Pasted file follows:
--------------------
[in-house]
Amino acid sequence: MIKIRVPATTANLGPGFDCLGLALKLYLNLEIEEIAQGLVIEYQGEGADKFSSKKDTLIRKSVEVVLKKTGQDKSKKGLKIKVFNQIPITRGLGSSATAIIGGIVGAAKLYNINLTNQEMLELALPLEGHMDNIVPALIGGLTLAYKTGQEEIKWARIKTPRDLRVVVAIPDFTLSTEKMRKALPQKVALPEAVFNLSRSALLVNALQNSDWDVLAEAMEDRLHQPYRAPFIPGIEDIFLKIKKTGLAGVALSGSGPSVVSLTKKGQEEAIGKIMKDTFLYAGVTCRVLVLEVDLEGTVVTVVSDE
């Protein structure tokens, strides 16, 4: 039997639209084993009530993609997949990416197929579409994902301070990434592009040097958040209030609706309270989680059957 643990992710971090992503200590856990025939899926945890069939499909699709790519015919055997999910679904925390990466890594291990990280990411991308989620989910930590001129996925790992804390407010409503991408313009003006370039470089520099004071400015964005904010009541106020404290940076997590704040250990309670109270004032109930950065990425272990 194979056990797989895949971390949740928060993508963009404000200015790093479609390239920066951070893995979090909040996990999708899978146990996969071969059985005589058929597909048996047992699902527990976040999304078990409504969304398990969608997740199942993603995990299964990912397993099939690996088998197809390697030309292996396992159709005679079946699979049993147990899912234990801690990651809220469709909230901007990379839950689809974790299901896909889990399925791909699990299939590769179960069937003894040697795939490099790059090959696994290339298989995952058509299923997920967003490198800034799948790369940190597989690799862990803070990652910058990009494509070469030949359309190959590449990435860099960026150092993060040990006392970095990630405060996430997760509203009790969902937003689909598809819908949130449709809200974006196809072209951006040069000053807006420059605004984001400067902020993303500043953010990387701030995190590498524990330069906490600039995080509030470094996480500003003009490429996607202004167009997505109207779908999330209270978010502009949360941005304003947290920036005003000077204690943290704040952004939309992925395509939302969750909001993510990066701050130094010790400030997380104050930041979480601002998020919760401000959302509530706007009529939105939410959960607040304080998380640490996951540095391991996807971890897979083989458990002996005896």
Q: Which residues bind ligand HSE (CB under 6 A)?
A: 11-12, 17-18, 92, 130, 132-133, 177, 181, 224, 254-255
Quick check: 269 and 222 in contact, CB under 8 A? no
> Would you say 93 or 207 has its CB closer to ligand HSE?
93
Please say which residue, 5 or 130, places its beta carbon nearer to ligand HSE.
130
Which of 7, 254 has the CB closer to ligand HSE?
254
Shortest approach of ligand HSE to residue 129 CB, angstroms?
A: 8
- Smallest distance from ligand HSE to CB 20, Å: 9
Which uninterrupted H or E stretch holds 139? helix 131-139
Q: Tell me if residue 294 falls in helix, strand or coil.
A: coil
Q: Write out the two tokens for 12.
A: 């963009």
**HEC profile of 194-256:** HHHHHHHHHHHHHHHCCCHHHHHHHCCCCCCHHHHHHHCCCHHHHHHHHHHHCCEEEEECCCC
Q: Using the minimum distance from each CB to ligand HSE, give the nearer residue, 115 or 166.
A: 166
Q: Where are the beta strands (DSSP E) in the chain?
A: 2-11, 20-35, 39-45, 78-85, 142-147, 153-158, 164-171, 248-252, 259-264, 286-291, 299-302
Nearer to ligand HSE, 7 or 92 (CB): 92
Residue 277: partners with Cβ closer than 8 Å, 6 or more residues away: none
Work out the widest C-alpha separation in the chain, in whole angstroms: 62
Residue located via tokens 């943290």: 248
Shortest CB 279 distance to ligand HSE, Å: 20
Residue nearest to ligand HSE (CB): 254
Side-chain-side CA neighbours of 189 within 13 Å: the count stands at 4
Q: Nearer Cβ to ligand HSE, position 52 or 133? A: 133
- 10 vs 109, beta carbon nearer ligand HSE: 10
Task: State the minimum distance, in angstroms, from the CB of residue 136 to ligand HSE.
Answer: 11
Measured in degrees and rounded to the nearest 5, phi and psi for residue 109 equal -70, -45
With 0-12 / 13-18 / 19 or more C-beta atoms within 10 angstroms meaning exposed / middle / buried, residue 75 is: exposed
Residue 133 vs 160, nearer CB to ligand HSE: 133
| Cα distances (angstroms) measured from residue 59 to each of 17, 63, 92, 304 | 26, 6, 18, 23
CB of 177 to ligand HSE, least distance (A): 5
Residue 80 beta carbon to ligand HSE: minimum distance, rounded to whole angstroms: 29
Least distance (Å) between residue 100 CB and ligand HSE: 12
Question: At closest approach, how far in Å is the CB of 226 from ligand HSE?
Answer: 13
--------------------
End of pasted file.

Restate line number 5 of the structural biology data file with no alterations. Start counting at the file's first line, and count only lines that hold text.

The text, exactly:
A: 11-12, 17-18, 92, 130, 132-133, 177, 181, 224, 254-255